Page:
In Fukuoka, the most populated city on Japan’s Kyushu Island, the Acros Fukuoka building rises like a mountain from a central park.
The concept was to create a building that, while man-made, seemed to grow organically from the adjacent green space — which was one of the last of its kind in the city center.
As Japan and the rest of Asia look ahead to save energy, they are turning to the Acros Fukuoka building as a possible blueprint for more efficient urban planning.
The office building — which also houses a symphony hall, international convention center and shopping mall — employs the use of natural light and insulation to save energy.
Studies have shown the areas covered by vegetation on the south side of the building are 10 degrees cooler than concrete areas in the middle of Fukuoka during its intensely humid summer.
The mountain shape also creates a breeze at night which reduces the “heat island” effect of the surrounding area.
An atrium on the south side, together with banks of floor-to-ceiling windows, help reduce energy consumption through the use of raw light, softened by the curtains of vegetation.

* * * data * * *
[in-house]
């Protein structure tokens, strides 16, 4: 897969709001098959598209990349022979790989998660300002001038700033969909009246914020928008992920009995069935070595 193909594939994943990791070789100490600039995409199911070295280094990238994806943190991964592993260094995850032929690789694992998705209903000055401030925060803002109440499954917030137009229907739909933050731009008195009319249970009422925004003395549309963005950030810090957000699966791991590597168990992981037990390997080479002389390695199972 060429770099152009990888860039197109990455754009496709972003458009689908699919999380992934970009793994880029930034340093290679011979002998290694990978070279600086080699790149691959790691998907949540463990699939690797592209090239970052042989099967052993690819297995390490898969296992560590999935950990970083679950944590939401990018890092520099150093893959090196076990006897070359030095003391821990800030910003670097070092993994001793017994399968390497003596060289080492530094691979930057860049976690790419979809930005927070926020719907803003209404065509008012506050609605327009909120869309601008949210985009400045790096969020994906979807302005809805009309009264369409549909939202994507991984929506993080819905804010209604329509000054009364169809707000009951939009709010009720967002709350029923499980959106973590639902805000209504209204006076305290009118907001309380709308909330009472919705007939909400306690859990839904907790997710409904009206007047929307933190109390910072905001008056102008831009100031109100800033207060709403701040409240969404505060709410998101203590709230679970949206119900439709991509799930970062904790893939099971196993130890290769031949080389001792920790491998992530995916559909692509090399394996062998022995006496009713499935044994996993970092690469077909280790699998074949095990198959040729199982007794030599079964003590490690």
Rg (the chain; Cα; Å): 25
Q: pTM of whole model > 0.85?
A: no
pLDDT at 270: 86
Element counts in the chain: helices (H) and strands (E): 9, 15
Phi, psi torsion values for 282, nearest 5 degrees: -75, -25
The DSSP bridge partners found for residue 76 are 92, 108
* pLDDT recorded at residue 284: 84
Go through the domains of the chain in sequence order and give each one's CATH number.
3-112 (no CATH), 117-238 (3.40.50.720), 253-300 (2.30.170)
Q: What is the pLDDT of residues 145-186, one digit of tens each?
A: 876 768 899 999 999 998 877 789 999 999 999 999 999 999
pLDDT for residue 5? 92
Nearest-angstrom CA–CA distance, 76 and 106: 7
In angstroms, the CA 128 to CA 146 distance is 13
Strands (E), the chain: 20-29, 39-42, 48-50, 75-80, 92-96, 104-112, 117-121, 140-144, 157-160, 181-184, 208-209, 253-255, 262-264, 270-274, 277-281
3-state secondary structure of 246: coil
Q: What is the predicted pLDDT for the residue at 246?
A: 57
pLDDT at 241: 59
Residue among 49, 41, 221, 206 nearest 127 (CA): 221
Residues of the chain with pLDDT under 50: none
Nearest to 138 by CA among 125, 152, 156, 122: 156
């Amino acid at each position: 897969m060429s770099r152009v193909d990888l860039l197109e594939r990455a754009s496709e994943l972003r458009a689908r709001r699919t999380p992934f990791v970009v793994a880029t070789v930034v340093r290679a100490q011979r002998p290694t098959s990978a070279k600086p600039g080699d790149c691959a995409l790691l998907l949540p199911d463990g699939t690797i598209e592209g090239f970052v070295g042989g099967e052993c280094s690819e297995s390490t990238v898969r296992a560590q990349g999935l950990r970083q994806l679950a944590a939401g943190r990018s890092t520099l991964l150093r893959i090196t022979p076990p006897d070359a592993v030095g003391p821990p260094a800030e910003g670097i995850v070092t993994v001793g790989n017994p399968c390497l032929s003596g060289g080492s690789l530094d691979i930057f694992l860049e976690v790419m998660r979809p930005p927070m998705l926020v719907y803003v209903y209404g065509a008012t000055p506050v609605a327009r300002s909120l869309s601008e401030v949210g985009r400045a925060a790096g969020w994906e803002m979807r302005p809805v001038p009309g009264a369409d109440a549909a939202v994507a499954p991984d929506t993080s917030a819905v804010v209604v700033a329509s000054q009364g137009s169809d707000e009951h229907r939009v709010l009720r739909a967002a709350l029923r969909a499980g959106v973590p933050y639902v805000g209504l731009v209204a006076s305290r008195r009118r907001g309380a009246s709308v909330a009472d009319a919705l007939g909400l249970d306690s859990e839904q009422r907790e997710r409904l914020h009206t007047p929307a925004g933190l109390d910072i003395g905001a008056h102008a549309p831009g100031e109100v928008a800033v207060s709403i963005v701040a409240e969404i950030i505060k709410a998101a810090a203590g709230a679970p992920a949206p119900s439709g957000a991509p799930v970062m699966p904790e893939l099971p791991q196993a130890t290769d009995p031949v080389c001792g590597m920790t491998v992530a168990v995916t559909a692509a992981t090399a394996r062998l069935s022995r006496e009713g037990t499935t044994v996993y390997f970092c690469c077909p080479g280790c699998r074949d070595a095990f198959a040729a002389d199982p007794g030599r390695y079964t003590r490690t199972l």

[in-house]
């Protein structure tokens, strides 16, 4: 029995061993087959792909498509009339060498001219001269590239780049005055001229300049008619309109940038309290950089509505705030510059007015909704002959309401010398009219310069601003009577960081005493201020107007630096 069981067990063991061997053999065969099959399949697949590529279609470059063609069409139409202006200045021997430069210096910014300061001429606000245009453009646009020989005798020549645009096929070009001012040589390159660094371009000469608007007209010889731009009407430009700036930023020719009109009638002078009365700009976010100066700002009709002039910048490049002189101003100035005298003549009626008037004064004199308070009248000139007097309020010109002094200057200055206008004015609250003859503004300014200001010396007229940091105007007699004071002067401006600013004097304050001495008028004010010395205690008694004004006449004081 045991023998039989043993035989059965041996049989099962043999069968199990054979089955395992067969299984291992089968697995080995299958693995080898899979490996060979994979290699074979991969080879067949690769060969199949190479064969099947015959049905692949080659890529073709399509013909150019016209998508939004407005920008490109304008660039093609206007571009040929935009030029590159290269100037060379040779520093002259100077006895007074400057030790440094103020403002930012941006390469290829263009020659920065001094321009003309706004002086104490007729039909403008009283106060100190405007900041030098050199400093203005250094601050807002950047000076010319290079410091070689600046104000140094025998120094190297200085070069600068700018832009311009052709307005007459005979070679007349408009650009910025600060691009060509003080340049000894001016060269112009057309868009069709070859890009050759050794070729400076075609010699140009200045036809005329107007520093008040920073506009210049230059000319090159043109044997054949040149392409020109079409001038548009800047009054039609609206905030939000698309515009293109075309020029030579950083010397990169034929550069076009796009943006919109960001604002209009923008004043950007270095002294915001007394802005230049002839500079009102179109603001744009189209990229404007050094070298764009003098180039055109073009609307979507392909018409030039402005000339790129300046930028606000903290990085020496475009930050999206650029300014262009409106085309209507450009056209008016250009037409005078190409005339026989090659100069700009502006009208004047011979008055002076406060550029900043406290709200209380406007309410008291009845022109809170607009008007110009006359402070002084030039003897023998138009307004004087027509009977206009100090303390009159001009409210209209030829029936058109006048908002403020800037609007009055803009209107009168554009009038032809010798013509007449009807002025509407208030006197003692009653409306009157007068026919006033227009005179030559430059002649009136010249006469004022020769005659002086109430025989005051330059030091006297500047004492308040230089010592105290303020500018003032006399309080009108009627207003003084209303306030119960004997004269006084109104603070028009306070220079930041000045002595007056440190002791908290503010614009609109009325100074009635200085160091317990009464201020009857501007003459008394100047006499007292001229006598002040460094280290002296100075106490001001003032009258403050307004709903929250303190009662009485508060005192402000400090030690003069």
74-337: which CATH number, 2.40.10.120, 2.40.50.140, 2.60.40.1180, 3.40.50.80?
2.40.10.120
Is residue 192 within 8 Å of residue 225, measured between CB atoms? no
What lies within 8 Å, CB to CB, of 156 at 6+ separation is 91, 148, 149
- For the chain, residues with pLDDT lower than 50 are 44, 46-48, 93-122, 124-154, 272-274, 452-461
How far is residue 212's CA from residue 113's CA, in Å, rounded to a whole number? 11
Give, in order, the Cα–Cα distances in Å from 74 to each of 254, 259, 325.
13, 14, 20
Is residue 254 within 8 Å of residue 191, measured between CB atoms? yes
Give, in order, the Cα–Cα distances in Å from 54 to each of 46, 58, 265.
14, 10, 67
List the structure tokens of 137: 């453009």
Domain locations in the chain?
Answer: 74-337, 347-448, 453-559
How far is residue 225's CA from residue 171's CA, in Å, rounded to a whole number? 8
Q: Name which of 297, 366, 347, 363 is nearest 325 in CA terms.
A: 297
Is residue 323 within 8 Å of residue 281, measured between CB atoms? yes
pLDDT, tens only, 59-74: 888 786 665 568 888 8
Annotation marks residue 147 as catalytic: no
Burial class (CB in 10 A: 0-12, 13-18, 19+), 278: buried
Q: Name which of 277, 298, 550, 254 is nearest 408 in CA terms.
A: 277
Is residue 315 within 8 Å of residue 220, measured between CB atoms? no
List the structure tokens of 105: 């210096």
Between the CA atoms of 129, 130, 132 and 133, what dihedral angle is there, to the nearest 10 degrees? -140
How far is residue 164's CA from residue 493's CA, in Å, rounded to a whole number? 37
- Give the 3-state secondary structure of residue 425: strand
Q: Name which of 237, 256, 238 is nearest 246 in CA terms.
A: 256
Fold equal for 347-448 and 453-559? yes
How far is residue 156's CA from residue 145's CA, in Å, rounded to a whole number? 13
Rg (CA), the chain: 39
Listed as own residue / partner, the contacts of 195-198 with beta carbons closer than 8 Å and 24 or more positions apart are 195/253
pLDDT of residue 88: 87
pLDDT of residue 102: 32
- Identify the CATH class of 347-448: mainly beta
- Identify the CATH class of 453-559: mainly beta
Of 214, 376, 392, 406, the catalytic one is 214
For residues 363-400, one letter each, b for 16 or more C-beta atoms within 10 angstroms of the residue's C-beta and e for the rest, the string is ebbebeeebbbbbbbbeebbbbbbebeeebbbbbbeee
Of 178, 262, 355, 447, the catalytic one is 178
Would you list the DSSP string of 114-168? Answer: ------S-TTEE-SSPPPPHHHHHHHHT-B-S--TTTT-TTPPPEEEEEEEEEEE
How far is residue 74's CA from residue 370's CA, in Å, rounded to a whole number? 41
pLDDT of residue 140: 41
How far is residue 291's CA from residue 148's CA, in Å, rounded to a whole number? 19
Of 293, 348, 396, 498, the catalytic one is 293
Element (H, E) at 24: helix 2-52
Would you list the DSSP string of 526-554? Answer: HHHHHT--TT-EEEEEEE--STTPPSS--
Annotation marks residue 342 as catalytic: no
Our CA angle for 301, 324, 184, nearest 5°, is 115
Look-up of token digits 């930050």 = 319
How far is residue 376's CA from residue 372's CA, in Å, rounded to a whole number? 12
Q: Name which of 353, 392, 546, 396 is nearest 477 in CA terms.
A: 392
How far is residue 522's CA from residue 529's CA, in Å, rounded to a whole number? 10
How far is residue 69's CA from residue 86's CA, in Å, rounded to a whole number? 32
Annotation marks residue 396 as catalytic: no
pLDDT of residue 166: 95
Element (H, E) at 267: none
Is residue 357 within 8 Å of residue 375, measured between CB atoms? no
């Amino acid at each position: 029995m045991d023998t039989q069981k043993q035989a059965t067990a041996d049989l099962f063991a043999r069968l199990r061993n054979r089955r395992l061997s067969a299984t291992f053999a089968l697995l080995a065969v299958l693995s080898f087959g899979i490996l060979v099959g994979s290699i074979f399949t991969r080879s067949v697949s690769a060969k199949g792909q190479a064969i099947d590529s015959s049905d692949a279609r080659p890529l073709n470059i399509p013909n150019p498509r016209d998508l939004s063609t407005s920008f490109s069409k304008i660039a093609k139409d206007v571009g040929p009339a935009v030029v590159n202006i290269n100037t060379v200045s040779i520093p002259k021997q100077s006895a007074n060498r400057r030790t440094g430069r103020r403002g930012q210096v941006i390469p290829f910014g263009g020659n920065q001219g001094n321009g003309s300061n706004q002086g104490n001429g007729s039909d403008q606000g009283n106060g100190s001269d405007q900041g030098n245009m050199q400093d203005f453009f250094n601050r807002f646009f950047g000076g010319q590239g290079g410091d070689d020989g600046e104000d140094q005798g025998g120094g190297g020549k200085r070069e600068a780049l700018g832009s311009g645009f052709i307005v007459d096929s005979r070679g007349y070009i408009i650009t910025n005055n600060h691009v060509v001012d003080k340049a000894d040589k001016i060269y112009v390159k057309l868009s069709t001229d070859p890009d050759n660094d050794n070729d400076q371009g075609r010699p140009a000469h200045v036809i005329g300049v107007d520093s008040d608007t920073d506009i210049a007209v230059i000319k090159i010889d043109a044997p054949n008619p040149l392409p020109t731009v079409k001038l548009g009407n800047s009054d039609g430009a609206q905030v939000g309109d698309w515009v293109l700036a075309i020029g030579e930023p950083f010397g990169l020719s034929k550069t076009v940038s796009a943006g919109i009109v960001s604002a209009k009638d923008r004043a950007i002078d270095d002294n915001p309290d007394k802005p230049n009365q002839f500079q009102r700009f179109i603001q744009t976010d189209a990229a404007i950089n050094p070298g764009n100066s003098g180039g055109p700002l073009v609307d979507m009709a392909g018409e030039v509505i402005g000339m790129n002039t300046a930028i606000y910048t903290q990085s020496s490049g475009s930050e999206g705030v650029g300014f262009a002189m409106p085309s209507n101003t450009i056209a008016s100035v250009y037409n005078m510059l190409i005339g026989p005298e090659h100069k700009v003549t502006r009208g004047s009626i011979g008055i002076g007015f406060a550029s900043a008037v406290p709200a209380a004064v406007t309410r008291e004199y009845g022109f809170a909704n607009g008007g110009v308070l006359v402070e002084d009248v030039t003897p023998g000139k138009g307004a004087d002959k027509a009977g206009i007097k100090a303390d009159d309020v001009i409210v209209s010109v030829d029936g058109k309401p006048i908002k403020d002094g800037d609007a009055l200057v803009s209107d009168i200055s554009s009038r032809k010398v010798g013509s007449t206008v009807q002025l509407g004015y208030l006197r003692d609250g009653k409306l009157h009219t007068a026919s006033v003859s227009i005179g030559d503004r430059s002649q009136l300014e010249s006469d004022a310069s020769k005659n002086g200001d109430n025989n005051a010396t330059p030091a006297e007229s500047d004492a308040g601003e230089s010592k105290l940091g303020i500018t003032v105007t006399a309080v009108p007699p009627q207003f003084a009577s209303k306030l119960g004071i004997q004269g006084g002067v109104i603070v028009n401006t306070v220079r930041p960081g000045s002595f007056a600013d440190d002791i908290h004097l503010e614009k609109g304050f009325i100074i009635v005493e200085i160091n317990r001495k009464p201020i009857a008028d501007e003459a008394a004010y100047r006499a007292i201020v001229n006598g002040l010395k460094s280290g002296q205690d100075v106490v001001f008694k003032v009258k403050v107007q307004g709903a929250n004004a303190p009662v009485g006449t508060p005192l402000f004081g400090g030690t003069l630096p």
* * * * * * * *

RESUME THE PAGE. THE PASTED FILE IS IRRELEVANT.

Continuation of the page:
Architect Takuji Fukuda explains the building is designed to take advantage not only of the naturally occurring light and insulation, but also rainwater to create a more environmentally friendly office building.
In a post-Fukushima Japan, the nation is undergoing a cultural shift in terms of its energy consumption.
“Everyone is probably saying the same thing — that we are using too much electricity. I think there is no question we do,” he said. “And so, now, we have to save power in Japan.”
Fukuda envisages major cities where natural methods will be increasingly combined with better urban design. Along with the cultural shift, an architectural shift may follow.